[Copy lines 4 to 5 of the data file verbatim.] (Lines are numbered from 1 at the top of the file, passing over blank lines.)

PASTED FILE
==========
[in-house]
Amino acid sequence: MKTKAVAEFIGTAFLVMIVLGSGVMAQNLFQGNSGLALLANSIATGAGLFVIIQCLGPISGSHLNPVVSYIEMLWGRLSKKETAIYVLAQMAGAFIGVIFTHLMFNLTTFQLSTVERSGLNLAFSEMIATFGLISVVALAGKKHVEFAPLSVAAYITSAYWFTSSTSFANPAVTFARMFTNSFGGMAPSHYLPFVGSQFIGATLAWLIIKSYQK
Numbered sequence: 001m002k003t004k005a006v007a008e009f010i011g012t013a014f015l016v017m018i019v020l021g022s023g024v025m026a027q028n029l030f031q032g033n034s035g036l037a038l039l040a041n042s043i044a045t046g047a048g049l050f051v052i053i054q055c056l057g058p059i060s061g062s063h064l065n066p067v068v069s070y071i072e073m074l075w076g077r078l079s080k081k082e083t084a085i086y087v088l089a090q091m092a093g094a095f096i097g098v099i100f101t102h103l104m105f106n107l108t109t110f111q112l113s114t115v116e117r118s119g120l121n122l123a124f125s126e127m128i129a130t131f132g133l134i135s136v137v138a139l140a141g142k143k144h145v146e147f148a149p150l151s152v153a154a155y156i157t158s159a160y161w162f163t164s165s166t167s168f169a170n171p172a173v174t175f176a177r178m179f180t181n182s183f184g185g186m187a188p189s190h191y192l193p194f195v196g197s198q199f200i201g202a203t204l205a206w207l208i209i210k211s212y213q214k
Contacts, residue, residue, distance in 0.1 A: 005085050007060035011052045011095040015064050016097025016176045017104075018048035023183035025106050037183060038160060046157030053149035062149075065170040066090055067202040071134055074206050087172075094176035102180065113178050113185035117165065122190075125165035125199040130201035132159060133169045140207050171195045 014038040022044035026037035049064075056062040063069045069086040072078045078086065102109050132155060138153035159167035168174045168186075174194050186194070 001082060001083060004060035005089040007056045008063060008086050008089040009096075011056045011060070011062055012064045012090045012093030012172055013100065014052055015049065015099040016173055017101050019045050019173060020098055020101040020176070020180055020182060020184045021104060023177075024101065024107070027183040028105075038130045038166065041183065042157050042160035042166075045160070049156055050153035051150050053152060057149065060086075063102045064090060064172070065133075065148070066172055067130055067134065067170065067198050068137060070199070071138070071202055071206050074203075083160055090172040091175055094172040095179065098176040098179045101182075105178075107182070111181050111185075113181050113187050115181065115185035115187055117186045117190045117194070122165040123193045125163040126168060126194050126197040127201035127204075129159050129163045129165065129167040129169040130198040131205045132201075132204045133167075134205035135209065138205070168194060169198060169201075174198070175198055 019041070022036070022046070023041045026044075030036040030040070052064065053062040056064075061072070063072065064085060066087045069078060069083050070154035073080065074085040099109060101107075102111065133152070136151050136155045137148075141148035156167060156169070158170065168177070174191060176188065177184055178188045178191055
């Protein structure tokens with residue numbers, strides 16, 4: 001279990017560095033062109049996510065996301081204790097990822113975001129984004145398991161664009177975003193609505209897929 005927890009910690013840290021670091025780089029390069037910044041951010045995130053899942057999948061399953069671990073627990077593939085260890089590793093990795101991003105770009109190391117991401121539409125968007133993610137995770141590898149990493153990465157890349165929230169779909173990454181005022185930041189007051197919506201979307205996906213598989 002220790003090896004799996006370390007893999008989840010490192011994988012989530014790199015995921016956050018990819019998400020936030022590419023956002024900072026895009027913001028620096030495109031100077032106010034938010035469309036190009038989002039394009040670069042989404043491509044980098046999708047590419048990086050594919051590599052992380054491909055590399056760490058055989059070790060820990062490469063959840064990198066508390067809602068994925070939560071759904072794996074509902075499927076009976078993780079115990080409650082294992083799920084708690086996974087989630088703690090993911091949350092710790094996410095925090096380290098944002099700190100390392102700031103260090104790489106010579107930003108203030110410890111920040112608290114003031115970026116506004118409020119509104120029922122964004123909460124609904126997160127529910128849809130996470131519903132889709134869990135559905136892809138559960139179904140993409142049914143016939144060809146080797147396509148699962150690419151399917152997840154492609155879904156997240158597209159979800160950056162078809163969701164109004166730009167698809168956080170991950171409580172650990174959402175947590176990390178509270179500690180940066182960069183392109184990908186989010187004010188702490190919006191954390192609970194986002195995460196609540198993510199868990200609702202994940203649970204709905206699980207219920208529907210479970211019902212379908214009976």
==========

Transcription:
Contacts, residue, residue, distance in 0.1 A: 005085050007060035011052045011095040015064050016097025016176045017104075018048035023183035025106050037183060038160060046157030053149035062149075065170040066090055067202040071134055074206050087172075094176035102180065113178050113185035117165065122190075125165035125199040130201035132159060133169045140207050171195045 014038040022044035026037035049064075056062040063069045069086040072078045078086065102109050132155060138153035159167035168174045168186075174194050186194070 001082060001083060004060035005089040007056045008063060008086050008089040009096075011056045011060070011062055012064045012090045012093030012172055013100065014052055015049065015099040016173055017101050019045050019173060020098055020101040020176070020180055020182060020184045021104060023177075024101065024107070027183040028105075038130045038166065041183065042157050042160035042166075045160070049156055050153035051150050053152060057149065060086075063102045064090060064172070065133075065148070066172055067130055067134065067170065067198050068137060070199070071138070071202055071206050074203075083160055090172040091175055094172040095179065098176040098179045101182075105178075107182070111181050111185075113181050113187050115181065115185035115187055117186045117190045117194070122165040123193045125163040126168060126194050126197040127201035127204075129159050129163045129165065129167040129169040130198040131205045132201075132204045133167075134205035135209065138205070168194060169198060169201075174198070175198055 019041070022036070022046070023041045026044075030036040030040070052064065053062040056064075061072070063072065064085060066087045069078060069083050070154035073080065074085040099109060101107075102111065133152070136151050136155045137148075141148035156167060156169070158170065168177070174191060176188065177184055178188045178191055
């Protein structure tokens with residue numbers, strides 16, 4: 001279990017560095033062109049996510065996301081204790097990822113975001129984004145398991161664009177975003193609505209897929 005927890009910690013840290021670091025780089029390069037910044041951010045995130053899942057999948061399953069671990073627990077593939085260890089590793093990795101991003105770009109190391117991401121539409125968007133993610137995770141590898149990493153990465157890349165929230169779909173990454181005022185930041189007051197919506201979307205996906213598989 002220790003090896004799996006370390007893999008989840010490192011994988012989530014790199015995921016956050018990819019998400020936030022590419023956002024900072026895009027913001028620096030495109031100077032106010034938010035469309036190009038989002039394009040670069042989404043491509044980098046999708047590419048990086050594919051590599052992380054491909055590399056760490058055989059070790060820990062490469063959840064990198066508390067809602068994925070939560071759904072794996074509902075499927076009976078993780079115990080409650082294992083799920084708690086996974087989630088703690090993911091949350092710790094996410095925090096380290098944002099700190100390392102700031103260090104790489106010579107930003108203030110410890111920040112608290114003031115970026116506004118409020119509104120029922122964004123909460124609904126997160127529910128849809130996470131519903132889709134869990135559905136892809138559960139179904140993409142049914143016939144060809146080797147396509148699962150690419151399917152997840154492609155879904156997240158597209159979800160950056162078809163969701164109004166730009167698809168956080170991950171409580172650990174959402175947590176990390178509270179500690180940066182960069183392109184990908186989010187004010188702490190919006191954390192609970194986002195995460196609540198993510199868990200609702202994940203649970204709905206699980207219920208529907210479970211019902212379908214009976």